We use the AWS EC2Config service on our instances. This allows us to run a variety of tasks on startup or reboot, one of which is to display system information on the desktop background, giving an easily visible reference about the instance. We use papertrail as our logging tool, which logs against the HostName of the instance (which also displays on the desktop background). However in the AWS Console it doesn’t record the HostName, meaning extra steps are required to convert the HostName to the Instance ID which can then be found in the AWS Console.
Here is a .ebextension that will set the HostName as a tag against the instance and allow you to search in the AWS console for the HostName.
Google’s PolyLine algorithm is designed as a lossy compression algoithm for latitude and longitude waypoint information into a compact and efficient string for transfering in their MapsAPI responses. We have built a GoogleMapsAPI client that uses a simple request/response pattern for retrieving data with minimal fuss, it’s now in production on the the vouchercloud website. As part of this we implemented a C# version of the PolyLine decoding logic. Below is an explanation of the algorithm.
Earlier this year, AWS introduced the ability to both scale up and down your Elastic Beanstalk EC2 instances by user defined times. Previously you could scale on user defined triggers such as CPU utilization, but with this time-based functionality you are now able to proactively scale up and plan in advance of expected traffic, as well as scale down when traffic is low or instances are not required. Here is how we have implemented this to scale down our Development environments out of office hours, saving running costs when instances are not in use. However it could be easily modified to scale up to meet traffic demands at expected peak periods on a Live environment.
AWS offers the power to create a flexible platform for running a range of environments in the cloud, but if you’re not careful you can soon find costs mounting up. We use a number of techniques to ensure that we are only paying for what we need and in this post I am going to discuss one such method, EC2 scheduling.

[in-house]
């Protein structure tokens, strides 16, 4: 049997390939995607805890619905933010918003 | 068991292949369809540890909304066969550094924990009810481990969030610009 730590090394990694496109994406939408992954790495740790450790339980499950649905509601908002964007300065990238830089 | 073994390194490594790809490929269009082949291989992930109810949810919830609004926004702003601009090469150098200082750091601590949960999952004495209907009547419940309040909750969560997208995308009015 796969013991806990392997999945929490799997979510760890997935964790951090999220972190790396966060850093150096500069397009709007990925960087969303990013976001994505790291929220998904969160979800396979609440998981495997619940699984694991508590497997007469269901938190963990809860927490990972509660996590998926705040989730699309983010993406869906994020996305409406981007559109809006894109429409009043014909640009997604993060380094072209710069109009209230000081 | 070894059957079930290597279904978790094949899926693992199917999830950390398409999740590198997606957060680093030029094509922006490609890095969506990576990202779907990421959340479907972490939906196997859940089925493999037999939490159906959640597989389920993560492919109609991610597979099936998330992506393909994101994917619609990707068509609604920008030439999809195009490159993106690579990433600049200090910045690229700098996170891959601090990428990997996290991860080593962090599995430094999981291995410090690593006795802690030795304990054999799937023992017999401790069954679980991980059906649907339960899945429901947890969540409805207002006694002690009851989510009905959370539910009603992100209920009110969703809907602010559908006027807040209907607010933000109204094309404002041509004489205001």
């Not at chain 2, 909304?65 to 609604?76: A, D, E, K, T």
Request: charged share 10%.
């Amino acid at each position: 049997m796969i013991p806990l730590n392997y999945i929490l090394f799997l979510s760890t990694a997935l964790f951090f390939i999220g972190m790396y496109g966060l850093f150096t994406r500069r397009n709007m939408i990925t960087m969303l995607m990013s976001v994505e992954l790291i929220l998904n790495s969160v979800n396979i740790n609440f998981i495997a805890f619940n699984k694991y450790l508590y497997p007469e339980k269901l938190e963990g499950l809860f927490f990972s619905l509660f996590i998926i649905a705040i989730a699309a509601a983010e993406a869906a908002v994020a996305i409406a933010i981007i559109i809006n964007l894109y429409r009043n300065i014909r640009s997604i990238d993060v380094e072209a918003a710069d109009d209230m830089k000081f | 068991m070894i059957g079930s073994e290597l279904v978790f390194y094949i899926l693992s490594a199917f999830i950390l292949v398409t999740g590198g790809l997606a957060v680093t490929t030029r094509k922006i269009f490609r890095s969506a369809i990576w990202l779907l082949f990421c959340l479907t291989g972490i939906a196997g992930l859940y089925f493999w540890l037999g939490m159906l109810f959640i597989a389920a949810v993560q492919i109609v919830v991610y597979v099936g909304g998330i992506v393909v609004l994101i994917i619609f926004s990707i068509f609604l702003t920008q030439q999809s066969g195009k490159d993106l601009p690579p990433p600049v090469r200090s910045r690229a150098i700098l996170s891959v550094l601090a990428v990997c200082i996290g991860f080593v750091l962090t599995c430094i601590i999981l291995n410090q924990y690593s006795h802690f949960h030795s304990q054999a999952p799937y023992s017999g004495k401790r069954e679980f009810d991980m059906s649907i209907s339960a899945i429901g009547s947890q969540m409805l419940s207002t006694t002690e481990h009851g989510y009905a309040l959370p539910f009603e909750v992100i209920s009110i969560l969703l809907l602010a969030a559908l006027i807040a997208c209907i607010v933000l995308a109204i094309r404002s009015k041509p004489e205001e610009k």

Maintaining a high level of unit test coverage shouldn’t feel like a struggle. However, when refactoring code, the process of updating unit tests can feel like an arduous task.
AutoFixture is a unit testing framework that has received a lot of praise in recent months. Its aim is to make the setup of our unit tests a whole lot easier.
I have been a Business Analyst (BA) working in agile environments with Scrum for nearly 4 years now, with varying degrees of acceptance and success.
It is a common misconception that BAs are not required in a Scrum team, as the Scrum manifesto does not specifically give them a role. However, we BAs, when used correctly, can and will add value to the process and ensure that the right features are being developed and delivered ‘right first time’.
The other day I needed to recover the private key and certificate from a pfx/pkcs12 container and found the following openssl commands really handy. As I often need to do things like this I decided to write a quick post about it for easy access and to assist others looking for the same.
There are many examples of the circuit breaker pattern in .Net floating about on the web, but they all use a timer to reset the circuit. What about maintaining the state outside of the circuit so we can use a different circuit across many requests?
We care about keeping details of our customer’s purchases secure, that’s why we employ various cryptographic techniques to keep sensitive information from prying eyes. For this we follow industry best practices when encrypting and decrypting data.
When creating a new Elastic Beanstalk, we sometimes require existing Security Groups to be applied to the Elastic Load Balancer associated with the Elastic Beanstalk. However as it currently stands, there is no easy way in AWS to do this. Sure, once the Elastic Load Balancer has been created, I can go into the AWS console, find the correct Elastic Load Balancer and add the existing Security Groups to this. But this is a manual process and can be forgotten about, potentially leaving the Application unsecure or inaccessible.
Time to break out the PowerShell and get this automated!